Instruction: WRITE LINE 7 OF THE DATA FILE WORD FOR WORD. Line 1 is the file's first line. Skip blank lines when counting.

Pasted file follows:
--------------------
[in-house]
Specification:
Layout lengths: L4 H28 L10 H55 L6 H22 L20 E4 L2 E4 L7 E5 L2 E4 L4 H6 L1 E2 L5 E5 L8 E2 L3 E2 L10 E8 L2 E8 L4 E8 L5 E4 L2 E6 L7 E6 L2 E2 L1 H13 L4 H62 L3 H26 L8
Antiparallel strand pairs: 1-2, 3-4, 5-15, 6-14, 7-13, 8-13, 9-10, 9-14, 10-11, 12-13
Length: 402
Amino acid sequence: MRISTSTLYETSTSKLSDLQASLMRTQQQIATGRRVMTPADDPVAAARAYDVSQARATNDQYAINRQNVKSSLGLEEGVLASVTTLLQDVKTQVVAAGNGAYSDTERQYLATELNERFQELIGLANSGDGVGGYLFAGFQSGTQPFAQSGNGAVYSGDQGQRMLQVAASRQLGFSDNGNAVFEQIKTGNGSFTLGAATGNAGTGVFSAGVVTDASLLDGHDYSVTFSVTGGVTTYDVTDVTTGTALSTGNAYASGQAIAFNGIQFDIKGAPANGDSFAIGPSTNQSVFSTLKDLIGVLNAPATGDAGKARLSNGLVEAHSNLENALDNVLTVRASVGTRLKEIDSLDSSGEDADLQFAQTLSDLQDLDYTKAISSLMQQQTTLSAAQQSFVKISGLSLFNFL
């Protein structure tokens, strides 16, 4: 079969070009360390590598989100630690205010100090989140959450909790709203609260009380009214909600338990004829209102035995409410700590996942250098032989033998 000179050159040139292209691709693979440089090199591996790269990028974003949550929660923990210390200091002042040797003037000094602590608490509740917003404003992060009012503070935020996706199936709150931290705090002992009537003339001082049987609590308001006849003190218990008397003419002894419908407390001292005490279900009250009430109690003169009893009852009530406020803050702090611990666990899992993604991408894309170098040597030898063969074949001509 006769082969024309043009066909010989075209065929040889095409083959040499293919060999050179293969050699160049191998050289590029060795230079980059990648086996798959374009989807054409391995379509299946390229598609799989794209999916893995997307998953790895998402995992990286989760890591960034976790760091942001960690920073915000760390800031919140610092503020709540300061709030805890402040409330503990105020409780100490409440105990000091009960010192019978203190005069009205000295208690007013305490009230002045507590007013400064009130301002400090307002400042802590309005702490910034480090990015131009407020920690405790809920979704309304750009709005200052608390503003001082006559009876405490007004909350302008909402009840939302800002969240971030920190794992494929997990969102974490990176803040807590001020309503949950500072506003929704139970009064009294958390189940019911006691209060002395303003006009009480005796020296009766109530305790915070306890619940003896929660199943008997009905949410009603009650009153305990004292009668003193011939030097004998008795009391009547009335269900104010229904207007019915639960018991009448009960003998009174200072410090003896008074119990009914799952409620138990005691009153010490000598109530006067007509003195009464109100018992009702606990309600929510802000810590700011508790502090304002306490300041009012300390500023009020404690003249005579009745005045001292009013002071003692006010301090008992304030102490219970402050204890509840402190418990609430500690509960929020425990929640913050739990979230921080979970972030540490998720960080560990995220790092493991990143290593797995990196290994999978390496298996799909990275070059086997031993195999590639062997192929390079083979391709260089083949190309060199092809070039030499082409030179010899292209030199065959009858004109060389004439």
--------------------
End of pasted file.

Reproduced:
């Protein structure tokens, strides 16, 4: 079969070009360390590598989100630690205010100090989140959450909790709203609260009380009214909600338990004829209102035995409410700590996942250098032989033998 000179050159040139292209691709693979440089090199591996790269990028974003949550929660923990210390200091002042040797003037000094602590608490509740917003404003992060009012503070935020996706199936709150931290705090002992009537003339001082049987609590308001006849003190218990008397003419002894419908407390001292005490279900009250009430109690003169009893009852009530406020803050702090611990666990899992993604991408894309170098040597030898063969074949001509 006769082969024309043009066909010989075209065929040889095409083959040499293919060999050179293969050699160049191998050289590029060795230079980059990648086996798959374009989807054409391995379509299946390229598609799989794209999916893995997307998953790895998402995992990286989760890591960034976790760091942001960690920073915000760390800031919140610092503020709540300061709030805890402040409330503990105020409780100490409440105990000091009960010192019978203190005069009205000295208690007013305490009230002045507590007013400064009130301002400090307002400042802590309005702490910034480090990015131009407020920690405790809920979704309304750009709005200052608390503003001082006559009876405490007004909350302008909402009840939302800002969240971030920190794992494929997990969102974490990176803040807590001020309503949950500072506003929704139970009064009294958390189940019911006691209060002395303003006009009480005796020296009766109530305790915070306890619940003896929660199943008997009905949410009603009650009153305990004292009668003193011939030097004998008795009391009547009335269900104010229904207007019915639960018991009448009960003998009174200072410090003896008074119990009914799952409620138990005691009153010490000598109530006067007509003195009464109100018992009702606990309600929510802000810590700011508790502090304002306490300041009012300390500023009020404690003249005579009745005045001292009013002071003692006010301090008992304030102490219970402050204890509840402190418990609430500690509960929020425990929640913050739990979230921080979970972030540490998720960080560990995220790092493991990143290593797995990196290994999978390496298996799909990275070059086997031993195999590639062997192929390079083979391709260089083949190309060199092809070039030499082409030179010899292209030199065959009858004109060389004439």